b Rom. xiii. 2, 3.
dem prope triennio, ita ut nemo inventus fuerit qui istum a gubernaculis Romanæ majestatis abduceret, cum Neroni, Vitellio, Caligulæ cæterisque hujusmodi nunquam tyrannicida defuerit."
6. Christianity and godliness do not only restrain the outward acts, but rule the very hearts, and lay a charge upon the thoughts, which the power of princes cannot reach. It forbiddeth to curse the king in our bedchamber, or to have a thought or desire of evil against him; it quencheth the first sparks of disloyalty and disorder; and the rule of the outward man followeth the ordering of the heart; and therefore atheism which leaveth the heart free and open to all desires and designs of rebellion, doth kindle that fire in the minds of men, which government cannot quench; it corrupteth the fountain; it breaketh the spring that should set all a going; it poisoneth the heart of commonwealths*.
7. Christianity and godliness teach men patience, that it may not seem strange to them to bear the cross, and suffer injuries from high and low; and therefore that impatience which is the beginning of all rebellion being repressed, it stayeth the distemper from going any further.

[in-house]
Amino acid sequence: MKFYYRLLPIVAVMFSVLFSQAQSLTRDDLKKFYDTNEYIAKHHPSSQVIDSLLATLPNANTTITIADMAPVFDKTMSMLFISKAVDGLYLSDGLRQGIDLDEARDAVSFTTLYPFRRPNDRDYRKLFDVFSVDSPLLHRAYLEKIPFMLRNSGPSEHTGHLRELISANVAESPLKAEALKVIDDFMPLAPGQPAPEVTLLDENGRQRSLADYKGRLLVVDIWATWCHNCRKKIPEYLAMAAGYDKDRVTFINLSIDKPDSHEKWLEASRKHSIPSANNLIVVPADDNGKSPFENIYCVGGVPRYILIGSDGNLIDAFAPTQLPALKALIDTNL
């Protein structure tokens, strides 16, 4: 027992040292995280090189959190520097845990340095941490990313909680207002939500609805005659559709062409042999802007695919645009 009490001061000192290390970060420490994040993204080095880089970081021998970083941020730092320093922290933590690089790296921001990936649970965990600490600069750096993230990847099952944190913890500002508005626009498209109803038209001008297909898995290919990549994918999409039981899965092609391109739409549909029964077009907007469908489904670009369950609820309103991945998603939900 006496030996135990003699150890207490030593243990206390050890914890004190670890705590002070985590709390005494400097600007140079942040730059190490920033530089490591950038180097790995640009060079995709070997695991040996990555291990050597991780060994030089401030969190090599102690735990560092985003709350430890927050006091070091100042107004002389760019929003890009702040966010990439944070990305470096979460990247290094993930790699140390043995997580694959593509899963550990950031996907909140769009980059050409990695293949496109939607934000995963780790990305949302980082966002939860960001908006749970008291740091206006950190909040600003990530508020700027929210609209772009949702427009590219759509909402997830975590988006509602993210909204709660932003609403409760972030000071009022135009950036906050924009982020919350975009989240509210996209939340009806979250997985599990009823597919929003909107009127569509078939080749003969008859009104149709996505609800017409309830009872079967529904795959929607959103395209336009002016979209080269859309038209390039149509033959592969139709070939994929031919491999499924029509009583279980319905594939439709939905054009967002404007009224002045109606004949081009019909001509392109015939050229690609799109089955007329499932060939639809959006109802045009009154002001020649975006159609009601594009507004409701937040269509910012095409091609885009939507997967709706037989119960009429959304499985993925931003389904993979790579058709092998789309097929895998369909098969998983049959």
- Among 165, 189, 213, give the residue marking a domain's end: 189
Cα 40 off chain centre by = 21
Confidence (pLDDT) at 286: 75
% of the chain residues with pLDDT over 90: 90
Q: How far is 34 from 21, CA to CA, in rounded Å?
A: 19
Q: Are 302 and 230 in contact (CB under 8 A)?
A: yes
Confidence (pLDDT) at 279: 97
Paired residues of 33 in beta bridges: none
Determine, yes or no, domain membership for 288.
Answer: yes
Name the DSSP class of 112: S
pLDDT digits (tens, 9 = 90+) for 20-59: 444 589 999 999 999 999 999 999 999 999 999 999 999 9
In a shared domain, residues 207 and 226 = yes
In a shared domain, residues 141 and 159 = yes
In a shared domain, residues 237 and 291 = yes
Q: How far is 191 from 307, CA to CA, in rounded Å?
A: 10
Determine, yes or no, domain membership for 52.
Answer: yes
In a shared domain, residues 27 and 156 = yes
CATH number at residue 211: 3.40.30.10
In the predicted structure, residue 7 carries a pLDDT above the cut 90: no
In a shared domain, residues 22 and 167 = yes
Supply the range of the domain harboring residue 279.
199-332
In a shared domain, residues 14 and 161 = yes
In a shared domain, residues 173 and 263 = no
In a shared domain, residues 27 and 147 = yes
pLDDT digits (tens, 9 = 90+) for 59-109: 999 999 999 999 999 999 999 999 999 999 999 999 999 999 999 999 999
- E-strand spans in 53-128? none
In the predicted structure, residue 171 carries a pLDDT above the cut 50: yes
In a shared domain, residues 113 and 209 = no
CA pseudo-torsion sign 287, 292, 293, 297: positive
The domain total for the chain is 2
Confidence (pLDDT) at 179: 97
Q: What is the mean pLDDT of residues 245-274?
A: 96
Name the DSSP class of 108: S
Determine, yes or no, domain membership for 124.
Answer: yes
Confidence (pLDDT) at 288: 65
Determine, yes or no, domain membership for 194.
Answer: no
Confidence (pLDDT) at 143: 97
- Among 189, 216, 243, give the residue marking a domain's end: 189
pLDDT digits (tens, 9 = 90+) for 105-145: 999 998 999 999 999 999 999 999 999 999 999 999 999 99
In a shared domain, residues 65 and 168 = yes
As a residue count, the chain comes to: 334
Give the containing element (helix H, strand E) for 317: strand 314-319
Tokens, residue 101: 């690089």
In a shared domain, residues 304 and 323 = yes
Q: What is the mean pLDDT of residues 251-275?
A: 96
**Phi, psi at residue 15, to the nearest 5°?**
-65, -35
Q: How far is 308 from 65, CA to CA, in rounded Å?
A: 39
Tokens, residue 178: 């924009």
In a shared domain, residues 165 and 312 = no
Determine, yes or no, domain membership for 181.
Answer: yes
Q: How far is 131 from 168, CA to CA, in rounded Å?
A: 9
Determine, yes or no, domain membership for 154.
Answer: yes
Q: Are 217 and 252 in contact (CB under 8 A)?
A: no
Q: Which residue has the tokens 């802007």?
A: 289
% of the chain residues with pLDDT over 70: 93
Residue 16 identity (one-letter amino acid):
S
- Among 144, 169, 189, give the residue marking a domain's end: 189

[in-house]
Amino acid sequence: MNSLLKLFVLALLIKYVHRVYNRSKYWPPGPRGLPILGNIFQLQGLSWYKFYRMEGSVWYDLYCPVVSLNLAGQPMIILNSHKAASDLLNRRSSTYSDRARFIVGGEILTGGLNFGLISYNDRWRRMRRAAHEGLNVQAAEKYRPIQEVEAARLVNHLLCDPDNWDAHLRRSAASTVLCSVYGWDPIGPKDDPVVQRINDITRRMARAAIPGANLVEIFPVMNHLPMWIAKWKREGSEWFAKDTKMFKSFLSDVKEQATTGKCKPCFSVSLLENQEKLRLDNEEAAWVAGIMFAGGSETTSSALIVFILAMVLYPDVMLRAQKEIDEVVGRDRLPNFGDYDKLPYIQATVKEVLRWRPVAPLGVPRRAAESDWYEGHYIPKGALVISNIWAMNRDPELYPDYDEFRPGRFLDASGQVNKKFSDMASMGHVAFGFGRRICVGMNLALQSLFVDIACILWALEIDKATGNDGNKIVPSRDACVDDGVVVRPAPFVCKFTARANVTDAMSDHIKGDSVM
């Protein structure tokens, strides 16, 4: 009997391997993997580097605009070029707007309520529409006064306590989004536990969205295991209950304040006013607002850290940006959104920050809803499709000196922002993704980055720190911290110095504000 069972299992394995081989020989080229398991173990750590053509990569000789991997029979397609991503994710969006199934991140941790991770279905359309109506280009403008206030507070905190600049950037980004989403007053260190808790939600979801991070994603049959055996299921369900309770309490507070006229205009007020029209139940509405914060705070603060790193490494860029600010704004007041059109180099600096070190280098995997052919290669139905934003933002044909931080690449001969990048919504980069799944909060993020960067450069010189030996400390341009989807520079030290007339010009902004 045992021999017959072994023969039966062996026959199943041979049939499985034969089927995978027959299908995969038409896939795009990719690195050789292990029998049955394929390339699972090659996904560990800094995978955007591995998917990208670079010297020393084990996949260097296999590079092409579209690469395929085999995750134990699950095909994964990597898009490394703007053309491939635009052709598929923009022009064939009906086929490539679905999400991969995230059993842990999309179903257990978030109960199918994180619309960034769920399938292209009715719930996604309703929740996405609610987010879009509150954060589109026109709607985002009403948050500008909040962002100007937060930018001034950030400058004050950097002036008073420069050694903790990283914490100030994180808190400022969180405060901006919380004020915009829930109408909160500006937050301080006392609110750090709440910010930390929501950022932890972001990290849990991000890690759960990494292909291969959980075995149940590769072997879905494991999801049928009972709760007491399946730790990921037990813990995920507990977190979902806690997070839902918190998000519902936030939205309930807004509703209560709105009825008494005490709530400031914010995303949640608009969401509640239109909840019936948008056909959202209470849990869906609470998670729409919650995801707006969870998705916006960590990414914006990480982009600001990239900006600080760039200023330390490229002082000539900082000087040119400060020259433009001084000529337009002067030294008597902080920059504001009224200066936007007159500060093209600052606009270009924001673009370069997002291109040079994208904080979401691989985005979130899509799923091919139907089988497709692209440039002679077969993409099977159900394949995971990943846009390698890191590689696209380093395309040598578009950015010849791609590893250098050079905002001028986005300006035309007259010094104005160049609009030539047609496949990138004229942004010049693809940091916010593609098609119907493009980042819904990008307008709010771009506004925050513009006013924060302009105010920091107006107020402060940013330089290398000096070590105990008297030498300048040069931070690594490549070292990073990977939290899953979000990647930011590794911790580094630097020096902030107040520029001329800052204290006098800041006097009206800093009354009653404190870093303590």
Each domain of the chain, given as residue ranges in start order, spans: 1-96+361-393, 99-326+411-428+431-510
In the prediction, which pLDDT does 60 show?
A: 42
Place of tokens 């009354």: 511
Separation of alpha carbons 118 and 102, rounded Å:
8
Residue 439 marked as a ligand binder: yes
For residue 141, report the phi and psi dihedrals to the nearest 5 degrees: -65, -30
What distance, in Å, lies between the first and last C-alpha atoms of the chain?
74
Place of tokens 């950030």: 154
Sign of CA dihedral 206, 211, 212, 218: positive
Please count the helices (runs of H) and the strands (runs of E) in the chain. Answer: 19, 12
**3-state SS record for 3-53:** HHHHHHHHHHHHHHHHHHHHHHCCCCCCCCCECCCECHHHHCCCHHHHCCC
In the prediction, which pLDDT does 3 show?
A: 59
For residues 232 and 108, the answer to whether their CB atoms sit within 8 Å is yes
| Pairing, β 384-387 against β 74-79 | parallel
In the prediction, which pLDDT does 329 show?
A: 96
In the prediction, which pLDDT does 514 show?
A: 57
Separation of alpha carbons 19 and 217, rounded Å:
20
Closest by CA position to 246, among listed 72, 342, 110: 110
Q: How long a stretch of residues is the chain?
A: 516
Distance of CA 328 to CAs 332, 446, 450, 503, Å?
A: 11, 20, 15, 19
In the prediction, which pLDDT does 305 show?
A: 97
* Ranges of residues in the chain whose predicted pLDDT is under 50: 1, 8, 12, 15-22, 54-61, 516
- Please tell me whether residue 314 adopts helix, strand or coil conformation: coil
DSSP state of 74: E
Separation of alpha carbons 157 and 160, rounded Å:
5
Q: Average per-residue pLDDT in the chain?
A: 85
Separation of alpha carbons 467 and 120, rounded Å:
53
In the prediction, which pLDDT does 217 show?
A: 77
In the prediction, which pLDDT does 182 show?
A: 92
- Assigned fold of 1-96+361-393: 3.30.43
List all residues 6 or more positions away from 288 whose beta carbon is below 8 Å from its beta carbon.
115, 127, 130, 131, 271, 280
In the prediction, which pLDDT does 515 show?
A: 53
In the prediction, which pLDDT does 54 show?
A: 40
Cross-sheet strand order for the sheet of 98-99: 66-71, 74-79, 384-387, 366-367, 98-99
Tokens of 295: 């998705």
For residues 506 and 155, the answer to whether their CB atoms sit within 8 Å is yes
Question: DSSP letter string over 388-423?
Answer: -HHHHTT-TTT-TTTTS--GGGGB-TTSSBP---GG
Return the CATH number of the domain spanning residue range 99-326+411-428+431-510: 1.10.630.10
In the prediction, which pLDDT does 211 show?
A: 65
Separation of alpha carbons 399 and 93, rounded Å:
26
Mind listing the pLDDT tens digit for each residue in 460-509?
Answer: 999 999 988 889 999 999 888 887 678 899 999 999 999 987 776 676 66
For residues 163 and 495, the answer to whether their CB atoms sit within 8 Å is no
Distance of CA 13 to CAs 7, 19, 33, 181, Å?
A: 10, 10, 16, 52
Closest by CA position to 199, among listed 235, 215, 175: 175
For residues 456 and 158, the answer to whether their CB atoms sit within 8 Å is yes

8. Christianity teacheth men self-denial as a great part of their religion': and when selfishness is mortified, there is nothing left to be a principle of rebellion against God or our superiors. Selfishness is the very predominant principle of the ungodly: it is only for themselves that they obey when they do obey; no wonder therefore if the author of leviathan allow men to do any thing when the saving of themselves requireth it. And so many selfish persons as there be in a kingdom, so many several interests are first sought, which for the most part stand cross to the interest of others: the godly have all one common centre; they unite in God, and therefore may be kept in concord; for God's will is a thing that may be fulfilled by all as well as one; but the selfish and ungodly are every one his own centre, and have no common centre to unite in, their interests being ordinarily cross and inconsistent.
9. Christianity teacheth men by most effectual argu
Cicero saith, that every good man was in his heart, or as much as in him lay, one that killed Cæsar.
* 1 Pet. iv. 12.
Luke iv. 19. 33.